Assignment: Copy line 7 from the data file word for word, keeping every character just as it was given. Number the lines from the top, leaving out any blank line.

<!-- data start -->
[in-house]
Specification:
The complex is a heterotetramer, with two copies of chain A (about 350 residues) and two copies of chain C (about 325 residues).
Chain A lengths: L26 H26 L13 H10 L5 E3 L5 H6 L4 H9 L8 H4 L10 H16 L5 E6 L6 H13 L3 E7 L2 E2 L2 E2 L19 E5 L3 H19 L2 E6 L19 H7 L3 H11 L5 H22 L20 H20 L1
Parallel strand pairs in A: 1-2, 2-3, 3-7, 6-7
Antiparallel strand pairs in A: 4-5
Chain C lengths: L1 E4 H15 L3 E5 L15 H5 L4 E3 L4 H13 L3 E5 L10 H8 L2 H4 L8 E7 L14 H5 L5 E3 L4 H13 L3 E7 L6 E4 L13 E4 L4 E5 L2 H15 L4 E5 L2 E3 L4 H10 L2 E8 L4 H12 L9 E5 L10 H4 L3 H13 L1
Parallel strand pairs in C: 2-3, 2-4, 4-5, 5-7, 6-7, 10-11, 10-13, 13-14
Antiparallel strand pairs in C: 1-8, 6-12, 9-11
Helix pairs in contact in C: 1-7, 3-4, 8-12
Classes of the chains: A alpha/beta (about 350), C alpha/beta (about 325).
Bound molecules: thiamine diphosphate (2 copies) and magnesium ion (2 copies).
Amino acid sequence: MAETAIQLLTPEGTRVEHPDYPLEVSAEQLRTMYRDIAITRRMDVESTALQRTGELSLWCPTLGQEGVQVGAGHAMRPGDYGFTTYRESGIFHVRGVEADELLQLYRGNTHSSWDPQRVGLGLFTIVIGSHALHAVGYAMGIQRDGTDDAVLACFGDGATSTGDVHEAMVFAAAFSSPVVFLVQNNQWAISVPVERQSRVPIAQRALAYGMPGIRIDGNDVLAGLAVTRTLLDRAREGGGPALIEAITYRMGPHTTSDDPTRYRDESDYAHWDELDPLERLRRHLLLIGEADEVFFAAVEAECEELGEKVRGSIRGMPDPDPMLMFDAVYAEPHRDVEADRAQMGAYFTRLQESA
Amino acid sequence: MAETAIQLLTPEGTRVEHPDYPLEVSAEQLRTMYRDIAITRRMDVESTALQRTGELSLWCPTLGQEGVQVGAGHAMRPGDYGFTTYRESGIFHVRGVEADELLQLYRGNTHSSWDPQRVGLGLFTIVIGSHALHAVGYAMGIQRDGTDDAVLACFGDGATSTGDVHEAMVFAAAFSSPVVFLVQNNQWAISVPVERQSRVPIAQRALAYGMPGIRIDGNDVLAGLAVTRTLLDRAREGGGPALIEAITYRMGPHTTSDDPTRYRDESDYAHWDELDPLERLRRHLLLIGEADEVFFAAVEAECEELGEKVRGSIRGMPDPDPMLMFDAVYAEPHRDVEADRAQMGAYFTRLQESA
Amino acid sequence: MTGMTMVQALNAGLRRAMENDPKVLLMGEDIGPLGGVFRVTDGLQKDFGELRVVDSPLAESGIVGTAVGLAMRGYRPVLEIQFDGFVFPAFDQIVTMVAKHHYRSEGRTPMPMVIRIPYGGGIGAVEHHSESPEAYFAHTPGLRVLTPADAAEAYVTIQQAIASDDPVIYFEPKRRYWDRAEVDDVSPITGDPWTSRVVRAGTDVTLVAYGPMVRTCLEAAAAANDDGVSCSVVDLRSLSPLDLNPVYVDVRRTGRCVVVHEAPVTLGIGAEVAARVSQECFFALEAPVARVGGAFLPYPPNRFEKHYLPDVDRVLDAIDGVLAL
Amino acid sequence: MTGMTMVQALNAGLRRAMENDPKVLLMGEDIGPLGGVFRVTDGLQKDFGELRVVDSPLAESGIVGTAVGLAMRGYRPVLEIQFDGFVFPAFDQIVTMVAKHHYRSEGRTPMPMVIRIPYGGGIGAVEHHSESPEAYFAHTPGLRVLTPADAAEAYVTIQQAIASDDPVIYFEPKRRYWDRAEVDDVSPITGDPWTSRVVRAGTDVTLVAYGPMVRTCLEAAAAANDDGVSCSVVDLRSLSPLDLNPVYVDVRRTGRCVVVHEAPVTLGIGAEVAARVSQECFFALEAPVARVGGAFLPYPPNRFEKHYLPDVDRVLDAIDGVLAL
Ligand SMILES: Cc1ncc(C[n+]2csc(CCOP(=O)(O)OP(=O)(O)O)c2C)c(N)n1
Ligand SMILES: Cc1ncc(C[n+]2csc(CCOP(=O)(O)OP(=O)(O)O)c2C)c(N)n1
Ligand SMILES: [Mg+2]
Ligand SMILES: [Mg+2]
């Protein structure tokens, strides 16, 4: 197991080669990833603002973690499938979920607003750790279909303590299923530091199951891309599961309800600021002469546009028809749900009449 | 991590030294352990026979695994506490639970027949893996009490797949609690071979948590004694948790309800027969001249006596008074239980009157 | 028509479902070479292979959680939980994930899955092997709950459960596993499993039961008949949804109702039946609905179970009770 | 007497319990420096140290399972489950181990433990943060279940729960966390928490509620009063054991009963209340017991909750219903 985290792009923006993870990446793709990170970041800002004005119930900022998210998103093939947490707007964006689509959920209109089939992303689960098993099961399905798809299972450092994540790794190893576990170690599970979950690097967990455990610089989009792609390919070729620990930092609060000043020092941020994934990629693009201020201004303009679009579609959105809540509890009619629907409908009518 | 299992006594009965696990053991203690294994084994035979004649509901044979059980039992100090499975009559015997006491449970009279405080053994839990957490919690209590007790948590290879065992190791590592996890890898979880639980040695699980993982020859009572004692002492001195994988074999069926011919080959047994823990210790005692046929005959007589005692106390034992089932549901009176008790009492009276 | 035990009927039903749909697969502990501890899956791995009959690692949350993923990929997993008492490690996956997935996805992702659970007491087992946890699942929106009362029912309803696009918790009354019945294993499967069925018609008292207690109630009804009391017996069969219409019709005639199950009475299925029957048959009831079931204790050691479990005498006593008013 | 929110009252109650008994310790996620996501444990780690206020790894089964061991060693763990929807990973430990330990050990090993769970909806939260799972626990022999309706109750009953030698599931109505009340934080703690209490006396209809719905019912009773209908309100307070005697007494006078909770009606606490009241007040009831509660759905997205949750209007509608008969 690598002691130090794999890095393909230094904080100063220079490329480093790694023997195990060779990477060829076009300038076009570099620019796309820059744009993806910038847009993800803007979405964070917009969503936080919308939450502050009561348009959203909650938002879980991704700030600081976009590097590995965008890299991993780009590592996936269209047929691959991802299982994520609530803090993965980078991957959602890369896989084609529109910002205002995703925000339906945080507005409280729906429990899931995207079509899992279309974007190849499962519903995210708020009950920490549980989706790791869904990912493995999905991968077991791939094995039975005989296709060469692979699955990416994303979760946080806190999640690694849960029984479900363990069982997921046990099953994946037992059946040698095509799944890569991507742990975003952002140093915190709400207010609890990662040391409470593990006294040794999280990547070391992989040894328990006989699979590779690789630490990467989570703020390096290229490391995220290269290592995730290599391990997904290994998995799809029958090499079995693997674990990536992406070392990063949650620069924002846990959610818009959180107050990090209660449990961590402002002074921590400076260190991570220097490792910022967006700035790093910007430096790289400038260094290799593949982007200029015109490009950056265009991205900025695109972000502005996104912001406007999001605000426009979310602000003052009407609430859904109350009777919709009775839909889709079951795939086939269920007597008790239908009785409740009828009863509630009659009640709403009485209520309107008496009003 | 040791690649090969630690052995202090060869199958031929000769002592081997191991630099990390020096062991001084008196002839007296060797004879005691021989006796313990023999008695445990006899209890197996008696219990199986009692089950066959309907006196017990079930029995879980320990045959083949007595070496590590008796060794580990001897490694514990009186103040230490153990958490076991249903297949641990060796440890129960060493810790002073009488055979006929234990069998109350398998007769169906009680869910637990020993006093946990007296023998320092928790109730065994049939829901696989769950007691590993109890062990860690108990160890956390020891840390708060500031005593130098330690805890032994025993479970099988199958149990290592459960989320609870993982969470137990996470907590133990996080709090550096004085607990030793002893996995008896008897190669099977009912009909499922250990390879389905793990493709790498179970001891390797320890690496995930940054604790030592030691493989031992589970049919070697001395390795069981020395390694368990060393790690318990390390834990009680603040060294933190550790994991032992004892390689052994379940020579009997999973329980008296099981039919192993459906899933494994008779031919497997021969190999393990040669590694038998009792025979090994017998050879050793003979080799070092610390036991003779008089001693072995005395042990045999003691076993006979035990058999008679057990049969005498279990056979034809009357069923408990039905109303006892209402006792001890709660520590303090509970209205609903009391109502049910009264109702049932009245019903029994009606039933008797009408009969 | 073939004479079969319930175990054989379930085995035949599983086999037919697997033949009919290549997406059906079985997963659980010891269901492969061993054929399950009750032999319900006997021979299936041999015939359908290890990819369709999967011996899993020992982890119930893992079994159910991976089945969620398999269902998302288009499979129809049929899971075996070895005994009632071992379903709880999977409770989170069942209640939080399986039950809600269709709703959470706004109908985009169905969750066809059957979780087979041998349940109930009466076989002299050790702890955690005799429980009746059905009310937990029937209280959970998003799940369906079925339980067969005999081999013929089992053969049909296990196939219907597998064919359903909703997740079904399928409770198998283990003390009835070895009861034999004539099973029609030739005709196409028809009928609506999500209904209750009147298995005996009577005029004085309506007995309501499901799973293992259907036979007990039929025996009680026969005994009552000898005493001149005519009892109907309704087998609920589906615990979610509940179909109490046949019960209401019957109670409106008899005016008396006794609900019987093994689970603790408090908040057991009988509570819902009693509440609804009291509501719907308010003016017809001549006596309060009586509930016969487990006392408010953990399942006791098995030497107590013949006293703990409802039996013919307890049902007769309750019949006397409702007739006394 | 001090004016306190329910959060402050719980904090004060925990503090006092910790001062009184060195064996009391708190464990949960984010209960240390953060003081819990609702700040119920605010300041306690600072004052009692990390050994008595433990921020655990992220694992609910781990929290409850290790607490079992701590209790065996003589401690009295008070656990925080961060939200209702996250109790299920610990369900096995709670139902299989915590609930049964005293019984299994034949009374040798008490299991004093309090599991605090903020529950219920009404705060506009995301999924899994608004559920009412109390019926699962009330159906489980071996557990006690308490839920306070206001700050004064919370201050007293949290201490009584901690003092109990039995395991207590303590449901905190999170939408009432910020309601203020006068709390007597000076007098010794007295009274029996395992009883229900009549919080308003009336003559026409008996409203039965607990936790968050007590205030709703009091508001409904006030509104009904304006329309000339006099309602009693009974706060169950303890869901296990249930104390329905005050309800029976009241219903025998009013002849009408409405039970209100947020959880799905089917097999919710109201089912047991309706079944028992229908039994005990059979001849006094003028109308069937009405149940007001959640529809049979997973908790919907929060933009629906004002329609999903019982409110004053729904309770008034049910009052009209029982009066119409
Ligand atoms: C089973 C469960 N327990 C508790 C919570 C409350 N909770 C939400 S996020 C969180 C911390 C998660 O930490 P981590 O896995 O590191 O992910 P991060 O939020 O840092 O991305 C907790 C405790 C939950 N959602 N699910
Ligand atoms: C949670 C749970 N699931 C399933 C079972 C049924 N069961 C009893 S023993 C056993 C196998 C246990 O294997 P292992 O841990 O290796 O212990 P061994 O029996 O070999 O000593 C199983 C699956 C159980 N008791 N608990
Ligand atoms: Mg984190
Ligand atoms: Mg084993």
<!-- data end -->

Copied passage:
Chain C lengths: L1 E4 H15 L3 E5 L15 H5 L4 E3 L4 H13 L3 E5 L10 H8 L2 H4 L8 E7 L14 H5 L5 E3 L4 H13 L3 E7 L6 E4 L13 E4 L4 E5 L2 H15 L4 E5 L2 E3 L4 H10 L2 E8 L4 H12 L9 E5 L10 H4 L3 H13 L1